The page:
Cory is 6 foot 2 inches. He is withdrawing from meds, he is trying to communicate, he is moving….alot. He is not “in his right mind” though. He is somewhere in between reality and sedation….and He. Is. Strong…. and Smart.

And in this in-between state, he has the same goal the rest of us do…..to get him off all of the machinery and tubes and lines, etc. that have him attached to his pole, the monitors, the ventilator, and the bags surrounding his bed.

His methods? By his own hands, here and now.

He was pointing at his breathing tube, and we explained (again) that he was on a ventilator but that it was being removed soon, blah,blah,blah…..and he grabbed it! And pulled! We were shocked!!! Charlie would grab his hand and pry his fingers off and I would try to keep the tube steady. We would “explain” to his eyes…that looked like they were listening and understanding…that he couldn’t do that. That he would hurt himself. That the doctor would take it out tomorrow. Then we would make the mistake of thinking he understood and accepted what we were saying, we would loosen our grip on his hand and before we knew it, he’d go for it again. and again. and again. And we would explain firmly and pleading with him to stop again. and again. and again. All night long, then all day long.

He was pretty much breathing on his own at this point, even with the tube in, so the next day they uneventfully removed it. He had an oxygen full-face mask on to get his oxygen levels up to speed.

Breathing tube OUT, and one less thing for him to grab. We had pillows covering every place he had medical devices attached to him or inserted into him. And we held his hands with ours 24/7. Sometimes he dozed, sometimes we dozed….until we felt him stir and we were ready. Or so we thought.

Then his mission extended to trying to trying to pull off the oxygen mask, or pull out his IV, his Art-line, his catheter, and his PICC line in his groin. Even the simple pulse-ox that monitored his oxygen with a small bandaid-like wrap around his finger…off.

Moved it to another finger…off.

Moved to his toes, he managed to pry it off with his other finger-like toes….off.

Moved it to another toe and explained to leave it there and why. He would look attentive, like he was listening… then he would scooch it off that toe.

It was endless. endless.

The nurse brought in restraints.

We said, “No, we’ve got him.” We were going to hold his hands and talk to him and reason with him and create barriers with pillows to protect him from himself. We’ve got this. Supermom and Superdad.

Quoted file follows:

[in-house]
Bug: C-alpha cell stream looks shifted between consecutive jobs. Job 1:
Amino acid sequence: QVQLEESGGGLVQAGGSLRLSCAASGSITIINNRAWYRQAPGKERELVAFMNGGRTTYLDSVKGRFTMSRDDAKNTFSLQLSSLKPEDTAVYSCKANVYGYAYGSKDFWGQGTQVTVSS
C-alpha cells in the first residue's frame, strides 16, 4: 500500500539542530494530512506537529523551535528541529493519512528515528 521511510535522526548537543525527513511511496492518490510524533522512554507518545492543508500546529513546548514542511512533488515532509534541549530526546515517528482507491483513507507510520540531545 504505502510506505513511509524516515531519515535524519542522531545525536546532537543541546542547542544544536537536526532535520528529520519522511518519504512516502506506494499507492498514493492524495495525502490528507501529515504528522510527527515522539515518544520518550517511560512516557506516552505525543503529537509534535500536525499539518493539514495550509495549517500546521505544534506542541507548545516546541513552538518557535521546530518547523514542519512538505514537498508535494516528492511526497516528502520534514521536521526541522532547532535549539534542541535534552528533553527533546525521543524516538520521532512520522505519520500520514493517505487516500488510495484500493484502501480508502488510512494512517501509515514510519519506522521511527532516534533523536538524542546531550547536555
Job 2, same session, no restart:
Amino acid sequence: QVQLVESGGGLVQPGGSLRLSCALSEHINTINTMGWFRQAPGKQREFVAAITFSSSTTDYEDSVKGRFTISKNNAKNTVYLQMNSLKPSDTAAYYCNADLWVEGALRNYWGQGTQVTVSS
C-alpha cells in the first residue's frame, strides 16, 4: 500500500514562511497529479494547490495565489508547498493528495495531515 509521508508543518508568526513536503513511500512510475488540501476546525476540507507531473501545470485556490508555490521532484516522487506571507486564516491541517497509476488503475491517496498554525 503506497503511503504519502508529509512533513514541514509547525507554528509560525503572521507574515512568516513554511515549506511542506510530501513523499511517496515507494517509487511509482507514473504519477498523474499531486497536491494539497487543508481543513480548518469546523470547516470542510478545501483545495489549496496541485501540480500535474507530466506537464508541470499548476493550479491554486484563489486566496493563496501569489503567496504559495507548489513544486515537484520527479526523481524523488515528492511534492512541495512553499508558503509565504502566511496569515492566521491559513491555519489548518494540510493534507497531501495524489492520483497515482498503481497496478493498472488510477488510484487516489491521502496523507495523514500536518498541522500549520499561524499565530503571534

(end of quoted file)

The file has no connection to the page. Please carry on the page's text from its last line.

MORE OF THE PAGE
Then in came Nurse Jenny, a Godsend, who would join our family at this juncture and walk Through It with us until the bitter end. She was assigned to Cory the day of his breathing tube removal, I believe, (lucky girl)….

At some point, we realized that talking with him in this state was like talking with an over-grown 2-year old determined to unstrap himself from his carseat. He heard us explain things to him, stopped for a moment while we were talking, then went at it again! He was focused. And funny at times, which is weird to say, but sometimes the maneuvers he used to try to get things off and out of him were truly comical. He was like Spiderman, all sly and scheming and flexible.

He had these huge feet and gangly legs and finger-like toes that were up in the air moving around that he tried to use instead of his hands because we were holding his hands from grabbing things. He  literally used his high-school-freshman-year wrestling moves to grab my head with his legs into a headlock at one point…..and none of us in the room could stop laughing! I wasn’t hurt, just stuck… leaned over his bed with his leg around my neck while I was holding his hand with my hands. I couldn’t let go of his hand or he would try to pull something out of himself….Charlie couldn’t let go of his other hand. “Cory, let go of your Mom.”, Charlie barely got the words out between trying to catch his breath from laughing. Jenny, who was laughing to tears as well, had to come over and pry Cory’s crossed feet apart so I could sit back in my chair. What a story Nurse Jenny had to tell at home that night…”One of my patients had his Mom in a head-lock today!”

With eyes open or closed, Cory was going for everything to yank it out of his body. And he meant it.

“He’s withdrawing from the amount of medication he was on.”,we were told.
Ok….annnnndddd, when will this be over?
“It’s hard to tell.”
Oh. O. K. That clears things up.

We were offered restraints again.

“No.”…. We weren’t tying him down.

By day 2 and night 2, it wasn’t funny anymore.  He was becoming more stealthy than us. We would wishfully think every now and then that he was rational when he negotiated with us into letting him scratch his nose or something else benign with a free hand, and Boom!…he would grab his feeding tube instead.

He was saying not the nicest things to us when we kept him from grabbing the medical equipment coming out of him either, which hurt our hearts at times. We all, emotionally and physically, were wearing thin.

And we cried real tears when he got his hand snuck under the pillow and got a very real grip on his surgically implanted PICC line with the collection of tubes attached to it in his groin going straight into an major artery and we couldn’t pry his fingers off….we were fighting, and begging, and pleading and yelling for him to let go. He layed there, looking straight ahead, and continued with all his might to hold on and pull….and Charlie, with his muscle, held Cory’s arm in place, reprimanding him while the nurse and I pried one by one a finger off….then as soon as I’d go to another, he’d regrip the other.  It’s like his fingers alone were stronger than our hands. We managed to free the lines from his vice-grip eventually. Terrifying is an understatement.

Then he finally succeeded to rip something out of himself. His Art-Line (An arterial line is a thin catheter inserted into an artery. It is most commonly used in intensive care medicine  to monitor the blood-pressure real-time, and to obtain samples for arterial blood gas measurements–wikipedia). It was in the under-side of his wrist. Insertion is often painful and is done by a physician. Can’t imagine what it felt like coming out, but Cory wasn’t too phased.